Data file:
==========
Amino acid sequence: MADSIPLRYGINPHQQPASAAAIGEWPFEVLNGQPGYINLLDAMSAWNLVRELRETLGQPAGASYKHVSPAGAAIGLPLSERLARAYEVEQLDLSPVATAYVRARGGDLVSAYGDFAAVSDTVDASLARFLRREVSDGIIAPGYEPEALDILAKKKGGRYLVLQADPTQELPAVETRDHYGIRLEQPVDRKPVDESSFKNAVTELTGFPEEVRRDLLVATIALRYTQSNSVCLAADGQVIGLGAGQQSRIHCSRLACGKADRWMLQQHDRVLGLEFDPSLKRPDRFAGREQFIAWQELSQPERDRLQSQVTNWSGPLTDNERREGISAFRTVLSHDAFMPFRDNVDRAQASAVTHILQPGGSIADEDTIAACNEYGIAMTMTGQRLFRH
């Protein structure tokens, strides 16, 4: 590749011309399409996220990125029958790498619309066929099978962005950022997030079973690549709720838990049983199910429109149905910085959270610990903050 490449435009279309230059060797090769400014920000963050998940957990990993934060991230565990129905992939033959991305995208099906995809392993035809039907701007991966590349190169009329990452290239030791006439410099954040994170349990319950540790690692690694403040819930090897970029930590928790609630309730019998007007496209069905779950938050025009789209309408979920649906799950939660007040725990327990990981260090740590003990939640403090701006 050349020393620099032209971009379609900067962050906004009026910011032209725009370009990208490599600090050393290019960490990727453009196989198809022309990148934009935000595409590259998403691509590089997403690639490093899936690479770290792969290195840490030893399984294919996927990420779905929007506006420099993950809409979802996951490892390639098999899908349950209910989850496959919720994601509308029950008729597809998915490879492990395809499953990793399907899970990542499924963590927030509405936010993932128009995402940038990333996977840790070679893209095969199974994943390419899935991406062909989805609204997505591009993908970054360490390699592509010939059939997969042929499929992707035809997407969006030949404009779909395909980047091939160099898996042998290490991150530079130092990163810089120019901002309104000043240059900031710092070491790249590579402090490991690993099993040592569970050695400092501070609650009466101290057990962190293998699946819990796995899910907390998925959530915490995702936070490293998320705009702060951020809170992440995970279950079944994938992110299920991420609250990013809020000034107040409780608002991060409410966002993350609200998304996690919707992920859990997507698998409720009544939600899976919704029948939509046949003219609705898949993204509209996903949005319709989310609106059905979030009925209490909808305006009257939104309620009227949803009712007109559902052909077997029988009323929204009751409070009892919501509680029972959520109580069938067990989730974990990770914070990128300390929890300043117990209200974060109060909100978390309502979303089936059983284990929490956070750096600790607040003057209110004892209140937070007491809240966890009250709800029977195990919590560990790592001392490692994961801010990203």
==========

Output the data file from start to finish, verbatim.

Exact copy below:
Amino acid sequence: MADSIPLRYGINPHQQPASAAAIGEWPFEVLNGQPGYINLLDAMSAWNLVRELRETLGQPAGASYKHVSPAGAAIGLPLSERLARAYEVEQLDLSPVATAYVRARGGDLVSAYGDFAAVSDTVDASLARFLRREVSDGIIAPGYEPEALDILAKKKGGRYLVLQADPTQELPAVETRDHYGIRLEQPVDRKPVDESSFKNAVTELTGFPEEVRRDLLVATIALRYTQSNSVCLAADGQVIGLGAGQQSRIHCSRLACGKADRWMLQQHDRVLGLEFDPSLKRPDRFAGREQFIAWQELSQPERDRLQSQVTNWSGPLTDNERREGISAFRTVLSHDAFMPFRDNVDRAQASAVTHILQPGGSIADEDTIAACNEYGIAMTMTGQRLFRH
């Protein structure tokens, strides 16, 4: 590749011309399409996220990125029958790498619309066929099978962005950022997030079973690549709720838990049983199910429109149905910085959270610990903050 490449435009279309230059060797090769400014920000963050998940957990990993934060991230565990129905992939033959991305995208099906995809392993035809039907701007991966590349190169009329990452290239030791006439410099954040994170349990319950540790690692690694403040819930090897970029930590928790609630309730019998007007496209069905779950938050025009789209309408979920649906799950939660007040725990327990990981260090740590003990939640403090701006 050349020393620099032209971009379609900067962050906004009026910011032209725009370009990208490599600090050393290019960490990727453009196989198809022309990148934009935000595409590259998403691509590089997403690639490093899936690479770290792969290195840490030893399984294919996927990420779905929007506006420099993950809409979802996951490892390639098999899908349950209910989850496959919720994601509308029950008729597809998915490879492990395809499953990793399907899970990542499924963590927030509405936010993932128009995402940038990333996977840790070679893209095969199974994943390419899935991406062909989805609204997505591009993908970054360490390699592509010939059939997969042929499929992707035809997407969006030949404009779909395909980047091939160099898996042998290490991150530079130092990163810089120019901002309104000043240059900031710092070491790249590579402090490991690993099993040592569970050695400092501070609650009466101290057990962190293998699946819990796995899910907390998925959530915490995702936070490293998320705009702060951020809170992440995970279950079944994938992110299920991420609250990013809020000034107040409780608002991060409410966002993350609200998304996690919707992920859990997507698998409720009544939600899976919704029948939509046949003219609705898949993204509209996903949005319709989310609106059905979030009925209490909808305006009257939104309620009227949803009712007109559902052909077997029988009323929204009751409070009892919501509680029972959520109580069938067990989730974990990770914070990128300390929890300043117990209200974060109060909100978390309502979303089936059983284990929490956070750096600790607040003057209110004892209140937070007491809240966890009250709800029977195990919590560990790592001392490692994961801010990203």